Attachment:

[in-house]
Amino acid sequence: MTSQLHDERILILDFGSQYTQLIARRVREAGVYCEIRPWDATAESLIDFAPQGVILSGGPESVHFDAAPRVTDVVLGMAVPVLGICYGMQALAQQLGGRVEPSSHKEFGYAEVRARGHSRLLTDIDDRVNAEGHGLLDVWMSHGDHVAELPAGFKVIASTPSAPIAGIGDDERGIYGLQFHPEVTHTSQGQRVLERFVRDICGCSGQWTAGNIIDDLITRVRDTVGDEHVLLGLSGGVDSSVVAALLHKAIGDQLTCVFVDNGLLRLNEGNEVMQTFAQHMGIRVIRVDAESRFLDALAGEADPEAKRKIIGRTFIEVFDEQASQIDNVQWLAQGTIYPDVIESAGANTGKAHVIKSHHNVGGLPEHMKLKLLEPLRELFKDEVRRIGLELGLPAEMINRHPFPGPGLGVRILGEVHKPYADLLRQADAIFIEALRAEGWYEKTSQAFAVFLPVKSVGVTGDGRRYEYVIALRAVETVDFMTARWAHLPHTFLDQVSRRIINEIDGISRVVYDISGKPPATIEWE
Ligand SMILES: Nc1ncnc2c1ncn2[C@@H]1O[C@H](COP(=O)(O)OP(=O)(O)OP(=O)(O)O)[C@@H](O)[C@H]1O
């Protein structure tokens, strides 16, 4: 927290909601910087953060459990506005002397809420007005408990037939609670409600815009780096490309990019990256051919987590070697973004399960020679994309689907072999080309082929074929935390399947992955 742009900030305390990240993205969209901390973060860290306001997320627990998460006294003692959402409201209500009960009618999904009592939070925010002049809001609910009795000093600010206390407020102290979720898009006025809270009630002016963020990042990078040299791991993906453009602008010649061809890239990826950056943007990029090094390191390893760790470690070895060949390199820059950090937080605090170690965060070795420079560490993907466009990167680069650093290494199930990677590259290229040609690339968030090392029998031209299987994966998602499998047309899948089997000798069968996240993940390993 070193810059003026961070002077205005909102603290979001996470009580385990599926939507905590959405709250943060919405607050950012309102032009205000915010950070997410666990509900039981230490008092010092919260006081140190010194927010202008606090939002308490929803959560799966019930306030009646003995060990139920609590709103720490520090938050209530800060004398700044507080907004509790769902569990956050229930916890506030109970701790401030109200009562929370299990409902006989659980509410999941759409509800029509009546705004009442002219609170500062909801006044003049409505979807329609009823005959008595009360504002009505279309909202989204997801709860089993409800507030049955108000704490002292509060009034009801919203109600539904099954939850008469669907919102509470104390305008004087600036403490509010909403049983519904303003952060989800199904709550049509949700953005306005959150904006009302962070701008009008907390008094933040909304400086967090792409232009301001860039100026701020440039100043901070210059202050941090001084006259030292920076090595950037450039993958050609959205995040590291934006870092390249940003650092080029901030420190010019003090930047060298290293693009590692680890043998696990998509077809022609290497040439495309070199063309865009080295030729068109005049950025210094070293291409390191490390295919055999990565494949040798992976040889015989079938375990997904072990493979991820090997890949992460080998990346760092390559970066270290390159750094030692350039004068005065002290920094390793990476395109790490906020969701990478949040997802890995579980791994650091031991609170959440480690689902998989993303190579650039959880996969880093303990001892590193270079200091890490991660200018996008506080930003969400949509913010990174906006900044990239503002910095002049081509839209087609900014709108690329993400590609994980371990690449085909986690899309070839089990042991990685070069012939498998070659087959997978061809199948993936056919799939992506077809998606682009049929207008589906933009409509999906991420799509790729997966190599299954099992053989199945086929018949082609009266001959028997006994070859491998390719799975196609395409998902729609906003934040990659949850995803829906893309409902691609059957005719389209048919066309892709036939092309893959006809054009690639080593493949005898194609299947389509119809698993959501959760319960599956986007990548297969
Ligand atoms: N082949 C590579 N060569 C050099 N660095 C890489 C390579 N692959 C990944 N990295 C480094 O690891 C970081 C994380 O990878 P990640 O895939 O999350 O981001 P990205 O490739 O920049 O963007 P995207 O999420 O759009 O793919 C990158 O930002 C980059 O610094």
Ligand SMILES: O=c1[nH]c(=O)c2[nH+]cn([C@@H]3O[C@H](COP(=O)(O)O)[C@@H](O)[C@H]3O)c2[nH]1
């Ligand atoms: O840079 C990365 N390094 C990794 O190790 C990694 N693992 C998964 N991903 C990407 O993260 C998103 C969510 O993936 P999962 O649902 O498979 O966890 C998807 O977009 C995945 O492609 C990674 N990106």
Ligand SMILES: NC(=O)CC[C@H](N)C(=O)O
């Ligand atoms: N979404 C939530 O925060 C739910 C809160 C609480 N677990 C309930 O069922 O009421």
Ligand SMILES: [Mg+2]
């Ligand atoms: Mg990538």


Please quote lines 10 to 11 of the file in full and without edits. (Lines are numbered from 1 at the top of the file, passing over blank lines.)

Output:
Ligand SMILES: [Mg+2]
């Ligand atoms: Mg990538």